Straight from the New York Times is the story of a woman who had no choice but to work as a watchmaker, who spent her life making watches for companies whose names appear in her family tree (several times over, in fact), and who raised one of the Vallée de Joux’s most revered sons.
Her name is Marie-Lise Renaud (born Marie-Lise Meylan), and she tells Kathleen Beckett about making watches before any one outside of Geneva would buy them. She speaks of a time when jewels were cut by hand (by people like her father at Jaeger-LeCoultre) and Audemars Piguet was a small manufacture with only 10 employees. She also shares some of the positive changes that came later in the 20th century, like women being given more important roles and receiving recognition for their work. This is much more than the story of the story of Marie-Lise Renaud. It is the story of the Vallée de Joux and of watchmaking in Switzerland more generally.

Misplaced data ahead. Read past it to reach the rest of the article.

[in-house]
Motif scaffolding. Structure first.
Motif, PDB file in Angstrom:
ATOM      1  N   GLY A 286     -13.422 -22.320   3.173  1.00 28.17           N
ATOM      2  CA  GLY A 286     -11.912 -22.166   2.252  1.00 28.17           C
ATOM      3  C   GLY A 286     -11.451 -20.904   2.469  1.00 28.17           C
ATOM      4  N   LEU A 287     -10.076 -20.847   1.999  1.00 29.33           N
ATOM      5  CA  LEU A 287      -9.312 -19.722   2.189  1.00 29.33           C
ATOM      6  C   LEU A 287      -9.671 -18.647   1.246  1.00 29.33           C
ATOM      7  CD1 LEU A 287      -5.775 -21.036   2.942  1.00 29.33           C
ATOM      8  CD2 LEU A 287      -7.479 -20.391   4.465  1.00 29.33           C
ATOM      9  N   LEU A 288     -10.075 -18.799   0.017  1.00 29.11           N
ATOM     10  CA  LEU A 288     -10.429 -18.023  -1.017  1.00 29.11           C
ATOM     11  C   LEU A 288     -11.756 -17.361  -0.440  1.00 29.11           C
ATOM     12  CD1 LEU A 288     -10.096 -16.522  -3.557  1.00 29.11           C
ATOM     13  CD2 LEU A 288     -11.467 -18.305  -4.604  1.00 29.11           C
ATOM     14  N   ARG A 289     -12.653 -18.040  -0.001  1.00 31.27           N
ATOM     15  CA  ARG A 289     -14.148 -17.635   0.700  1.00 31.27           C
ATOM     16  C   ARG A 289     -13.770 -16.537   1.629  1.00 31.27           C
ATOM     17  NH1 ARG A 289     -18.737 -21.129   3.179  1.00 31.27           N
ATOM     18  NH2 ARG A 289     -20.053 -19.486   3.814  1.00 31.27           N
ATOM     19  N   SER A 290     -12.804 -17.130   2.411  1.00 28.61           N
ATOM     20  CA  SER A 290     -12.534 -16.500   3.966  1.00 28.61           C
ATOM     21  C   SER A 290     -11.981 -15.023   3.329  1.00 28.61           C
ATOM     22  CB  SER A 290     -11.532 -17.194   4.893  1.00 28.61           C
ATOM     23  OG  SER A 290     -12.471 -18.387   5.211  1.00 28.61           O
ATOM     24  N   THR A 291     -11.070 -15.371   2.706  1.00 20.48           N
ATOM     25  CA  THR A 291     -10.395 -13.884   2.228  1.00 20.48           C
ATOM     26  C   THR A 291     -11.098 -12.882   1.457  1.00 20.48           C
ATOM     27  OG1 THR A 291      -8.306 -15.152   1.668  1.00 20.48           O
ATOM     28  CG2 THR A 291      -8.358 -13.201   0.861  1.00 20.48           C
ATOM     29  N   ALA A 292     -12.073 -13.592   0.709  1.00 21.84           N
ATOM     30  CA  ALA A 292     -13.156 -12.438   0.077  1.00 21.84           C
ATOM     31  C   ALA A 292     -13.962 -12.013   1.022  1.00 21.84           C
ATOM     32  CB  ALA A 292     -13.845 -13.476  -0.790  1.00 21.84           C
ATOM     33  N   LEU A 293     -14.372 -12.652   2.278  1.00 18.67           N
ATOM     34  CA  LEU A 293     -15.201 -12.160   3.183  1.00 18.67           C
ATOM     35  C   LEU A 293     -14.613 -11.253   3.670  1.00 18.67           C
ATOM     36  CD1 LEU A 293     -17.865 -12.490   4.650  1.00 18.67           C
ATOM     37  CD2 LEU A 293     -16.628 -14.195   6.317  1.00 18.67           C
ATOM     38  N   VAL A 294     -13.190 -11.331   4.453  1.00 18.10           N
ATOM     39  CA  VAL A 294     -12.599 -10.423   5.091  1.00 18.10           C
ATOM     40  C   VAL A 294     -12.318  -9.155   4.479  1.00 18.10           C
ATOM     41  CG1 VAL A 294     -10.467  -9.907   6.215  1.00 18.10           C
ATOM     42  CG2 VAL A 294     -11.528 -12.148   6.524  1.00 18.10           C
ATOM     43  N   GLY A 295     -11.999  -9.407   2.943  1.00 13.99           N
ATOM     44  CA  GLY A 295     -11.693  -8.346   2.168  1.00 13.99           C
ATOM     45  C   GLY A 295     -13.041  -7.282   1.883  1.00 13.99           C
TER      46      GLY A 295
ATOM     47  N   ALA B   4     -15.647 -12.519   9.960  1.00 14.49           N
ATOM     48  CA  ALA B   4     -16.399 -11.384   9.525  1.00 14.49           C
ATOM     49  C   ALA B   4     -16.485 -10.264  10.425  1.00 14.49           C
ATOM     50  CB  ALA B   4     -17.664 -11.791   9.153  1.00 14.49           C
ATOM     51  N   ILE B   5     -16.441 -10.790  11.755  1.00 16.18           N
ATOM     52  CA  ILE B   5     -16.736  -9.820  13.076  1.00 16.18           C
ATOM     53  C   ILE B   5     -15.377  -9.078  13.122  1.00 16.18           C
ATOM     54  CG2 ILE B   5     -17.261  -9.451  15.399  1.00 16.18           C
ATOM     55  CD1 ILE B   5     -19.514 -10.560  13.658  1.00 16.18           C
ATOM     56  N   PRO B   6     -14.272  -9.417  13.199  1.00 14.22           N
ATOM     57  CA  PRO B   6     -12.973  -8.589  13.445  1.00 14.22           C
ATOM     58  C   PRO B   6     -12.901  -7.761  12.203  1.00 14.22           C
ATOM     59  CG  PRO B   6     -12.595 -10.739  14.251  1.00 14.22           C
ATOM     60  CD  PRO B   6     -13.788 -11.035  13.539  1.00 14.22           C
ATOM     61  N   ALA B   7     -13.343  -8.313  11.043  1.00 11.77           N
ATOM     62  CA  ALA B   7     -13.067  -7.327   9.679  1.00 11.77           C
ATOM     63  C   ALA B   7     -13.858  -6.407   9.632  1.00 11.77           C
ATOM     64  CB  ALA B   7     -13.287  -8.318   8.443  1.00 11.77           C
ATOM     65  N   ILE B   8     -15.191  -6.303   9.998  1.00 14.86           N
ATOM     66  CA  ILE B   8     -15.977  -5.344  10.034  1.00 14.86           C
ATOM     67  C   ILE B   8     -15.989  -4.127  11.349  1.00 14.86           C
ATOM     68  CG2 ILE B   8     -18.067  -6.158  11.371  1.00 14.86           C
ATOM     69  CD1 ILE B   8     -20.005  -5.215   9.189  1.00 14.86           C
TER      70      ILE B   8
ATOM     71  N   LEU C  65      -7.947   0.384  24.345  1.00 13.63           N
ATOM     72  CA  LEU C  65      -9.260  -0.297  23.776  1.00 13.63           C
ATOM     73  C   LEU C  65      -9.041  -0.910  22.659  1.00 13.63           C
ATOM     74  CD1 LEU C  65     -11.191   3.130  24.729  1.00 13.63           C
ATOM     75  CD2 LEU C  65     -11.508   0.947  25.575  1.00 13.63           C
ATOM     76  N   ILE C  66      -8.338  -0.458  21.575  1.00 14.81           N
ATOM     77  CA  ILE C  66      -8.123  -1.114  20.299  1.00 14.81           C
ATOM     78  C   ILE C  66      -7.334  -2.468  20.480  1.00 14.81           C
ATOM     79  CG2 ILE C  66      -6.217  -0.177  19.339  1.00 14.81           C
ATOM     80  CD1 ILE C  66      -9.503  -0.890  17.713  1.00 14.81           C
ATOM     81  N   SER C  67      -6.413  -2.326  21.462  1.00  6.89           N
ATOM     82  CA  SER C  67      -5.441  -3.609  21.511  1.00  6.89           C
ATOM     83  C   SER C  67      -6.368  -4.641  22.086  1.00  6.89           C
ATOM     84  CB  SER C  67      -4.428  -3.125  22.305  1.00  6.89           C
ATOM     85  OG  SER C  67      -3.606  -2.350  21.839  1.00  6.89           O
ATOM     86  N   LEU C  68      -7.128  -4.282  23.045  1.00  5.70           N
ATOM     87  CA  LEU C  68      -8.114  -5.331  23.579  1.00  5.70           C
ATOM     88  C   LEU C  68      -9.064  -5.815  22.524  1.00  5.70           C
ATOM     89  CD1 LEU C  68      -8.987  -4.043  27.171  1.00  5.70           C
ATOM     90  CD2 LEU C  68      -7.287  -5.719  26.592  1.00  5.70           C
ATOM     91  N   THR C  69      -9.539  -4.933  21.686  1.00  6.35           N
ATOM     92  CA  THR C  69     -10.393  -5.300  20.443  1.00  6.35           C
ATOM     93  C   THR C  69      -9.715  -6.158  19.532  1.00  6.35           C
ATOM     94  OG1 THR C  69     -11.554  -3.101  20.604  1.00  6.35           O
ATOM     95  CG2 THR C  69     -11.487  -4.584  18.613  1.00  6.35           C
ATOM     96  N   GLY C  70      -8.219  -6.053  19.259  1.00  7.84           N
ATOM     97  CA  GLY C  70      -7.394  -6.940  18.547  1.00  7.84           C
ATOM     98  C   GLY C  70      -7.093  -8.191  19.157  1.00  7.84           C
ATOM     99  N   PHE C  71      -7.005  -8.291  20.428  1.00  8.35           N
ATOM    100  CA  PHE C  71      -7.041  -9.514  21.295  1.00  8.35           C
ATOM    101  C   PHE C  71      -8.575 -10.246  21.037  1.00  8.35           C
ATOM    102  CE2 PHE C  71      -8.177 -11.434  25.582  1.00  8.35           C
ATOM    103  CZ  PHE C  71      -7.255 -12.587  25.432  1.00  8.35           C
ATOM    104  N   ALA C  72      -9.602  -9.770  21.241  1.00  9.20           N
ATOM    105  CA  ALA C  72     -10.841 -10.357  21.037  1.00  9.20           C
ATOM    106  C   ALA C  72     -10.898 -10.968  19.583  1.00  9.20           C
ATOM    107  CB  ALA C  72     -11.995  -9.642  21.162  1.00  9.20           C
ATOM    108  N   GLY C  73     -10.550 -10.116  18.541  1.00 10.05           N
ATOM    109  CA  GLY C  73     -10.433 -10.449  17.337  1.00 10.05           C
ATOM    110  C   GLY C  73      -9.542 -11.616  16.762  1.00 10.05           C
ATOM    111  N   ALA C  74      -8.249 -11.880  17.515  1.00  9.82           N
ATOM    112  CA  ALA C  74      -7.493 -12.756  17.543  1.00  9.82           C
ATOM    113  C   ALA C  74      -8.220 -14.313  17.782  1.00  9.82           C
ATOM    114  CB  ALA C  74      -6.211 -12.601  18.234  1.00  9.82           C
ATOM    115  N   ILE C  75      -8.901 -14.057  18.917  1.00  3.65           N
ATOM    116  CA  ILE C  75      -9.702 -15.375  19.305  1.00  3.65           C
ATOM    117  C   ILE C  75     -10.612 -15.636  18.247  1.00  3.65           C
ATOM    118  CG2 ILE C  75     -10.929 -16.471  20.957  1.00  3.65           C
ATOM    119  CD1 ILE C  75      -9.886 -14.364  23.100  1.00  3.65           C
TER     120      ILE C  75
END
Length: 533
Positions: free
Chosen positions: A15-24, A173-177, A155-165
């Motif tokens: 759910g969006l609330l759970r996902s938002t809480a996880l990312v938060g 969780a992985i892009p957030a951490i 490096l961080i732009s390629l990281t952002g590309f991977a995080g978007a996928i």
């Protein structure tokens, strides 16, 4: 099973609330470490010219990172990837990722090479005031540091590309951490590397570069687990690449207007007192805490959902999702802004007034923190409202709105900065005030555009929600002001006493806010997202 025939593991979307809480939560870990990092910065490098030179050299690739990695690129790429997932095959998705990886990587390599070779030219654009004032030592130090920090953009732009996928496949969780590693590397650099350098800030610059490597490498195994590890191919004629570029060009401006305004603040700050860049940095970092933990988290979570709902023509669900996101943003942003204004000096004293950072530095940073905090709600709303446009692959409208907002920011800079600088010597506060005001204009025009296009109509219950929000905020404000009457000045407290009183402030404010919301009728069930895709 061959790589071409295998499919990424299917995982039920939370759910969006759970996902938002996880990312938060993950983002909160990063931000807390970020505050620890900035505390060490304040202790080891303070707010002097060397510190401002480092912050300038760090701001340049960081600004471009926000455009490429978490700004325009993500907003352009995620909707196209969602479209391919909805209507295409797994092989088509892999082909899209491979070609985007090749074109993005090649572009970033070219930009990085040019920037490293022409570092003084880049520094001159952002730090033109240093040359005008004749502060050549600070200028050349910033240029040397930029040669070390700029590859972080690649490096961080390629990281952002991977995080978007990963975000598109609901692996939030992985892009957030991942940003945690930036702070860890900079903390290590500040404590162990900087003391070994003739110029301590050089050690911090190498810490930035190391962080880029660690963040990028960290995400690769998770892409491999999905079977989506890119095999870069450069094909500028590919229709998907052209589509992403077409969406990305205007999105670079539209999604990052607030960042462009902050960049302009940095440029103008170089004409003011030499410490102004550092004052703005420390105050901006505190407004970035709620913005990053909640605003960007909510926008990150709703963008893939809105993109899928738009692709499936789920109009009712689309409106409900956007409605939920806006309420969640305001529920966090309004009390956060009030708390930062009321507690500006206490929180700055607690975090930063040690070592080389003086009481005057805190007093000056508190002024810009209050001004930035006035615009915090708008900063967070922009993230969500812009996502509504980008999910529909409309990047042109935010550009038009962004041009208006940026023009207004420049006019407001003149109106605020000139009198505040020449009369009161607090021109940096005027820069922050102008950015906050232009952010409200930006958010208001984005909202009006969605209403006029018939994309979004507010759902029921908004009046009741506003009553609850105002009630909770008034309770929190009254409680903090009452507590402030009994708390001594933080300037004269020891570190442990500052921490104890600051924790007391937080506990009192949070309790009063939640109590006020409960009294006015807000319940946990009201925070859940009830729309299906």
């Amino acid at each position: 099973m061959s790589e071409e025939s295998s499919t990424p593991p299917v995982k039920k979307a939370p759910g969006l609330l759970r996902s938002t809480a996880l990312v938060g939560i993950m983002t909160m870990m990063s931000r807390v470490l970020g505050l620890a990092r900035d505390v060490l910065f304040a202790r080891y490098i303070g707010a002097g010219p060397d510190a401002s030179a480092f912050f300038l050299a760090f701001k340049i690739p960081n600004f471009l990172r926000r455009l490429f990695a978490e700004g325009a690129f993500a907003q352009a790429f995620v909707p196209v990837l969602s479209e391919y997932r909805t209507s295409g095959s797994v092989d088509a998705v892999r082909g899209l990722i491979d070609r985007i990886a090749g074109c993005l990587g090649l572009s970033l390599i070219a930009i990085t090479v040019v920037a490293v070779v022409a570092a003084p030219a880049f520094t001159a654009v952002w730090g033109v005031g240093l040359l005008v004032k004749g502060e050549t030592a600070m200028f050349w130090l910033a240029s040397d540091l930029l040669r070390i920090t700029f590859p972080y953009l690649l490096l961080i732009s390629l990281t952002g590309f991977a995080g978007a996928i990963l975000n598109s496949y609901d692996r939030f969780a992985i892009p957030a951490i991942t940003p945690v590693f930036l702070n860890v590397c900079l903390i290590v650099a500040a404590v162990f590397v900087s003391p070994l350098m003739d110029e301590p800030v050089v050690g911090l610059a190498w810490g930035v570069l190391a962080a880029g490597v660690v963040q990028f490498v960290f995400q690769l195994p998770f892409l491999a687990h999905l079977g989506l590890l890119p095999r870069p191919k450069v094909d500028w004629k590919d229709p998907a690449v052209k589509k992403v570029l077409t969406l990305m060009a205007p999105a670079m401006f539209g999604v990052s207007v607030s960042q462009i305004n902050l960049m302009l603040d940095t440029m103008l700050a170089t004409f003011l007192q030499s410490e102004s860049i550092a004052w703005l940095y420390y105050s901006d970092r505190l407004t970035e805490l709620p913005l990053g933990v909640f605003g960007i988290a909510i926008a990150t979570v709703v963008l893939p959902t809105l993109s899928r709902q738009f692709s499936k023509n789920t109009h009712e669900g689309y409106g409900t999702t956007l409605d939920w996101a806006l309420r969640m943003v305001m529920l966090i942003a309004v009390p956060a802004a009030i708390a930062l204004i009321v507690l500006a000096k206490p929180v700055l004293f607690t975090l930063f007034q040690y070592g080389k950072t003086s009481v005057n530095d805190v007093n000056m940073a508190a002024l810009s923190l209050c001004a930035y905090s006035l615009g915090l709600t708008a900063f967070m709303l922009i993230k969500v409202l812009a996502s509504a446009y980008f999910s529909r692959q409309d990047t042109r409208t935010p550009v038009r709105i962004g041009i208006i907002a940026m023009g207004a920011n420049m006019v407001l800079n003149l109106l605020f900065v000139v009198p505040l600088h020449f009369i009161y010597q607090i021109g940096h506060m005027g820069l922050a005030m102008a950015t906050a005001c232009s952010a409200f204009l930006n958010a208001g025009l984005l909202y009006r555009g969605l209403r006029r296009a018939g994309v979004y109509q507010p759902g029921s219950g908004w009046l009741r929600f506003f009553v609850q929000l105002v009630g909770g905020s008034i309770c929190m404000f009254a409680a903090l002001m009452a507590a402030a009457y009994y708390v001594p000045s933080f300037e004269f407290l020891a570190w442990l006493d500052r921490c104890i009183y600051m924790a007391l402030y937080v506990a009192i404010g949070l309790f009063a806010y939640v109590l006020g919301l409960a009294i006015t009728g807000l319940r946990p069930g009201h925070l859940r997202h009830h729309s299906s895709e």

This is a must read, and you can find the full article here.
(Photo: Clara Tuma for the New York Times)